Like most gardeners, I cannot resist plant sales and nurseries, and I struggle to fit them into my travels around this area and across the country. A recent trip to Iowa had me passing within an hour of Neil Diboll‘s Prairie Nursery in Westfield, Wisconsin, and the only thing that held me back from a two-hour detour (plus an additional hour or two onsite) was a full agenda. Every plant sale and nursery, like every garden, has a unique approach and plant palette to take in, but sometimes “taken in” is exactly how I feel. For years, I would end up with plants that wowed me onsite, only to arrive home and allow them to languish in their containers in my driveway for months before being planted, or in a few circumstances before their browned out foliage and soil was added to the compost heap.
But this occasional write-off of plants should not discourage us from attending every plant sale we can and going off route to visit a nursery in the area. It should just make us more strategic, when we get out of our cars, about what we select to carry back with us. With this in mind, I have generated a few questions I am determined to ask myself before adding things to my garden cart. Maybe we should all keep these in mind.
Can I grow this?
From soil, light, and moisture conditions to hardiness, can this plant get what it needs in my garden in order to thrive and do its best? And if the answer is that I have to water that area of the garden every day to give it the moisture it requires, the answer is no.
Do I know where I want to plant this?
It is best not to purchase plants on impulse without an idea of where they will be sited, so asking where a plant will go, and when it will be planted, are good second and third questions. (Note: Sometimes the answer may be no, but the plant is irresistible. Feel free to buy the plant, knowing it can always be given to a friend if you do not have a place for it. And feel free to consider me a friend in this case, particularly if it is a choice epimedium or terrestial orchid).
Is the plant healthy and well-grown?
There are a few general things to take note of when it comes to plant health. First, it is best to avoid root-bound plants, particularly in the case of trees and shrubs whose roots can become girdled and literally choke the plants to death (although roots can be teased apart upon planting to help prevent this.) Second, diseased foliage, root rot, and insect infestations are also things to watch out for. Some gardeners isolate newly purchased plants in their containers for a brief time to ensure they are not introducing diseases and non-beneficial insects into their garden. This is not a bad idea, especially at sales that offer plants that are divisions from other home gardens. Most reputable nurseries do their best to manage such issues; they would not want to introduce these issues into their nursery any more that into your garden. Turning a plant upside down in its pot and examining the health of its roots is not out of the question if one has concerns about the health of a plant.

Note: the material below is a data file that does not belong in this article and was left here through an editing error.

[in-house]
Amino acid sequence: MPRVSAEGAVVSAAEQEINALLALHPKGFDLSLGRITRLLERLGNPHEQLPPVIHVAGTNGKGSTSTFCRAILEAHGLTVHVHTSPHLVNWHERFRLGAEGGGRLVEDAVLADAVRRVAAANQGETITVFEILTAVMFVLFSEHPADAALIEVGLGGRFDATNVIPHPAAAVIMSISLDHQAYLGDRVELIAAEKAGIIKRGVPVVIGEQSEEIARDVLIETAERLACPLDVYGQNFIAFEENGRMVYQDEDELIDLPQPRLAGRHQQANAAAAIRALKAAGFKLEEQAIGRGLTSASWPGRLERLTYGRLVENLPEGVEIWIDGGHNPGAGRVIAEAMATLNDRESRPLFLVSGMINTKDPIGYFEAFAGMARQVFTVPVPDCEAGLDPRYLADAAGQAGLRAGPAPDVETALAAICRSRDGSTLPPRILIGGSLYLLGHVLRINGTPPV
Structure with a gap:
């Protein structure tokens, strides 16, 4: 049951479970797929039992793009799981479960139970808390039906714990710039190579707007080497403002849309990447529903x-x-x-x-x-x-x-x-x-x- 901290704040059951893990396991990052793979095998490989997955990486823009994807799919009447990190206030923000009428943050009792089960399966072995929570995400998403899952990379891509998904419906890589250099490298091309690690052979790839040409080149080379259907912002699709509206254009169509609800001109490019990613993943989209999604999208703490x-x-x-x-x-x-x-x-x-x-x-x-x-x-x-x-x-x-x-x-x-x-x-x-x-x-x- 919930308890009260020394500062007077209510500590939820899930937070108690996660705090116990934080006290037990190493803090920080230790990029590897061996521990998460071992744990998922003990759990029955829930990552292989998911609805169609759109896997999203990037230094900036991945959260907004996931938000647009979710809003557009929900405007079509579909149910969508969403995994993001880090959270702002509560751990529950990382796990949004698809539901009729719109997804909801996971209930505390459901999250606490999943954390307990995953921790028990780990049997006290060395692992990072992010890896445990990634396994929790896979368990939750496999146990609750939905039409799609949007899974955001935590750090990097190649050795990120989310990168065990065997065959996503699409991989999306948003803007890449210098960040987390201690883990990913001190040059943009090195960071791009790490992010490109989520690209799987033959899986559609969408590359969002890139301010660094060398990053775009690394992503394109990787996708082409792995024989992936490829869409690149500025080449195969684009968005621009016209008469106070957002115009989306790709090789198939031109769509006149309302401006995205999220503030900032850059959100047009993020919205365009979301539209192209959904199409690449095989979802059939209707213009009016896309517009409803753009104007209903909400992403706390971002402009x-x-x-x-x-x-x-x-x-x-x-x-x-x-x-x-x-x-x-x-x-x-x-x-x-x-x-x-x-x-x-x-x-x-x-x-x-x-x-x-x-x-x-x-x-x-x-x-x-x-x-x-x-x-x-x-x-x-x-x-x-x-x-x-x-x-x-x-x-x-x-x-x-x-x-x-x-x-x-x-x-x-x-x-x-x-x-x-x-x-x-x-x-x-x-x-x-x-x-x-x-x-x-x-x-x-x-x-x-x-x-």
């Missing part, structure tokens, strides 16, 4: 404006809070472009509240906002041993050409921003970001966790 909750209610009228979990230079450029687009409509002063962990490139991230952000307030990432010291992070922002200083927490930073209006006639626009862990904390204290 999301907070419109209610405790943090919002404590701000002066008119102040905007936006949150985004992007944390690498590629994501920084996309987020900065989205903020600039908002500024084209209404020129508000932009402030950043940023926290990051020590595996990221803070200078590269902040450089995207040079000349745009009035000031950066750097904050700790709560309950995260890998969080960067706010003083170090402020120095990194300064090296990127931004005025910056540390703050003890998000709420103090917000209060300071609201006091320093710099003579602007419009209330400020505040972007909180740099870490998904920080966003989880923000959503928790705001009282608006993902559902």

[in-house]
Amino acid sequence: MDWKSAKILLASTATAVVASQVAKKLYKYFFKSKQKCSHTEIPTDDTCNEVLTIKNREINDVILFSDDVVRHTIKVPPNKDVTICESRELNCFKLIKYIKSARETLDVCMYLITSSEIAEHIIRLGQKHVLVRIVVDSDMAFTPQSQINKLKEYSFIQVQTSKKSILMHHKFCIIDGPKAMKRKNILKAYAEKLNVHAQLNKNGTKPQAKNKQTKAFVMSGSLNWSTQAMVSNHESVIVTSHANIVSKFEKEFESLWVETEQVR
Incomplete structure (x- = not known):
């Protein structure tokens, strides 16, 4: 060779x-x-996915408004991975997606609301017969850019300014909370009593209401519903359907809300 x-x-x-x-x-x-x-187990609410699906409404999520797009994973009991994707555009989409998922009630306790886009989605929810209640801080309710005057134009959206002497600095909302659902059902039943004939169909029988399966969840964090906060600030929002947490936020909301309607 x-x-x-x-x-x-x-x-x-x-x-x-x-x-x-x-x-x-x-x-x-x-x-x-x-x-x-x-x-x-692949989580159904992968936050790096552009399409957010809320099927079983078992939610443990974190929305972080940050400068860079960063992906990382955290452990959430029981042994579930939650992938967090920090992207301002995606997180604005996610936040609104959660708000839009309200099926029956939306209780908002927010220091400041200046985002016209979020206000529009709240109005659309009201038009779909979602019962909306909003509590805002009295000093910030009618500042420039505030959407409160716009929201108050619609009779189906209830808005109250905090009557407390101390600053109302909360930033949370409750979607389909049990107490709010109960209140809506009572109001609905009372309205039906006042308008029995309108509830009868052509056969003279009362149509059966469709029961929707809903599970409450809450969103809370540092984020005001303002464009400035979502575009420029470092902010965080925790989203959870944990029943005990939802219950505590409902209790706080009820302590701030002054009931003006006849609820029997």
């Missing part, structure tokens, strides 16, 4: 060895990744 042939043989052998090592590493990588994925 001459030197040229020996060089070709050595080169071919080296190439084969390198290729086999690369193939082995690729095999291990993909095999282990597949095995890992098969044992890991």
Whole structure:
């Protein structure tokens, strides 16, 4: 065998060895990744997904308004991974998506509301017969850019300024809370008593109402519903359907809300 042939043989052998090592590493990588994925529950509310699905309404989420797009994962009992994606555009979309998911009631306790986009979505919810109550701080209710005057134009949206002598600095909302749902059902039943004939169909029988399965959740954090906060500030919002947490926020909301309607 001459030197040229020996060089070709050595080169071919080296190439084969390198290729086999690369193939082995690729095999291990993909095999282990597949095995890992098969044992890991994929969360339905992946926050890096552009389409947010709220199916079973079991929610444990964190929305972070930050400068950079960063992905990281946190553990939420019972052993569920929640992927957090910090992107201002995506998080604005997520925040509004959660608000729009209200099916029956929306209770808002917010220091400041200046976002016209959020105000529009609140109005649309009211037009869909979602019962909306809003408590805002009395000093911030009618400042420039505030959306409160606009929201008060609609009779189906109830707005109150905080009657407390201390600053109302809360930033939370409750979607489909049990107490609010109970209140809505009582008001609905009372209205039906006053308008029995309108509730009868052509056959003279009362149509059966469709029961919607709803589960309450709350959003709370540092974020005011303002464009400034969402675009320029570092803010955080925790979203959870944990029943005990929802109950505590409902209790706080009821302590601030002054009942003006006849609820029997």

Does the plant match the label?
Labels are often put back into the wrong container by customers or salespeople. A quick look at an image online or a glance at the other plants containing that label may result in not bringing home a misidentified plant. At the Berkshire Botanical Garden sale and at most nurseries, there is usually someone with expertise nearby that should be able to ensure that you have the right plant. If you are unsure, just ask. If you are concerned about whether or not the plant is the right variety of a species (such as a white flowered form of Culver’s root), you may have to take your chances or wait until the plant is in flower before buying. I have several lavender forms of this species in my garden that remind me of this issue every year as they come into bloom.
Will I regret the invasiveness of this plant?
Making sure that you are not buying something that is invasive should not be an issue at most nurseries, but a quick look at your state’s invasive plant list online can help provide you with some insight. Terms like vigorous or fast-spreading on a plant label may serve as a warning to do a little research. Also, if the plant has weeds growing in the container, be careful. Things such as goutweed can easily enter a garden from such a container. An old gardening friend once advised me to put the top few inches of soil from a purchased plant in the bottom of the planting hole so that any weedlings or weed seeds in the top few inches of soil do not take hold in your garden. While this method is not foolproof, it is worth taking into consideration.
Do I love it so much that none of the other rules apply?
In this case, enjoy your purchase and hope for the best. We all do it. And if it is still on your driveway come fall, heel it in and take note so that you do not repeat the process next year, at least with the same plant.
Note: The Berkshire Botanical Garden’s annual plant sale is this Friday and Saturday in Stockbridge. For more information, visit berkshirebotanical.org.
A gardener grows through observation, experimentation, and learning from the failures, triumphs, and hard work of oneself and others. In this sense, all gardeners are self-taught, while at the same time intrinsically connected to a tradition and a community that finds satisfaction through working the soil and sharing their experiences with one another. This column explores those relationships and how we learn about the world around us from plants and our fellow gardeners.